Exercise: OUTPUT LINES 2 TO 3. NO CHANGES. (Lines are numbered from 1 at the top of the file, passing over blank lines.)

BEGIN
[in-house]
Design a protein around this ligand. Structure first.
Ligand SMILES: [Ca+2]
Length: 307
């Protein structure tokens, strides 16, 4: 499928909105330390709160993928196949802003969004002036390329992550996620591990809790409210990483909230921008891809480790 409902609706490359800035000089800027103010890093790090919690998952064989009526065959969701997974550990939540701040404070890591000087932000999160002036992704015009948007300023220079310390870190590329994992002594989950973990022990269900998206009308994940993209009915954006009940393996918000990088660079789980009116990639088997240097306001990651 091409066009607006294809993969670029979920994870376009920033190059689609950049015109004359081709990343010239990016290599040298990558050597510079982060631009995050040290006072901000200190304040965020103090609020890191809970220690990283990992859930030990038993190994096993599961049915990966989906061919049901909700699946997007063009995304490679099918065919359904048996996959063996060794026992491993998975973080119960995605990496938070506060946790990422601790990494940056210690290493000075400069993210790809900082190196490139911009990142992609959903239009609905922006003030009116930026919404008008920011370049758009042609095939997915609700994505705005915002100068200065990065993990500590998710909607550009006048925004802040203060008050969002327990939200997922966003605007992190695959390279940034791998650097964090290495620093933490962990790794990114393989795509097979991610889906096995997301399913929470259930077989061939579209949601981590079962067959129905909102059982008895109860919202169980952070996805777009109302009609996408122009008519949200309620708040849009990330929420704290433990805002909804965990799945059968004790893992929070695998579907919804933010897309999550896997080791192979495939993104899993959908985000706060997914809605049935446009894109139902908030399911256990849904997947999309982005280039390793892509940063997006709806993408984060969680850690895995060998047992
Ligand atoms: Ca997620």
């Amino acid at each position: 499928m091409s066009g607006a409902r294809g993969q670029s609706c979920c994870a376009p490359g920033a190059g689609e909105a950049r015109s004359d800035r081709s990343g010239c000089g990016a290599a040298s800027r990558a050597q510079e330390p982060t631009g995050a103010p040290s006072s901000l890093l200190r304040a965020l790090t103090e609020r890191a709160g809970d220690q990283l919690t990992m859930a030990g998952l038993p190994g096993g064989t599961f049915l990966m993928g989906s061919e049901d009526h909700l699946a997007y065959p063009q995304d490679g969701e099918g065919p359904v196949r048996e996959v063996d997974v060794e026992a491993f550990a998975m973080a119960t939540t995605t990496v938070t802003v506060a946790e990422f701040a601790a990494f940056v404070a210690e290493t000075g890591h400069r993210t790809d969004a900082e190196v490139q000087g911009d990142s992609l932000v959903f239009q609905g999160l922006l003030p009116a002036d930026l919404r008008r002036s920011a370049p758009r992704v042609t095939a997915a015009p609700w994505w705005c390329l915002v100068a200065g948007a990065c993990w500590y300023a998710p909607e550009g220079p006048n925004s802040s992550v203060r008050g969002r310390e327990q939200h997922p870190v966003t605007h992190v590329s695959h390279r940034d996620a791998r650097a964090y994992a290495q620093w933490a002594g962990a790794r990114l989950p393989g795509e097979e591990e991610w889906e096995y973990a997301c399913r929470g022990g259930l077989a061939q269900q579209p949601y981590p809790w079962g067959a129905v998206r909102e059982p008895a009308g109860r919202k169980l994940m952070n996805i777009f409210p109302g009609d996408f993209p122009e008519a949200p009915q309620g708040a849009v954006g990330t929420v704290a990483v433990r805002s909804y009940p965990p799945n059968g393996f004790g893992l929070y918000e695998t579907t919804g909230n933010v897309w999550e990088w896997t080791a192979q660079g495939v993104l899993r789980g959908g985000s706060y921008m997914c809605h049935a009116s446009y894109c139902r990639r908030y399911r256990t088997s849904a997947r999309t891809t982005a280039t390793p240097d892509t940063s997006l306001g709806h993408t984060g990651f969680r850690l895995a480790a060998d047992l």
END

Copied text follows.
Design a protein around this ligand. Structure first.
Ligand SMILES: [Ca+2]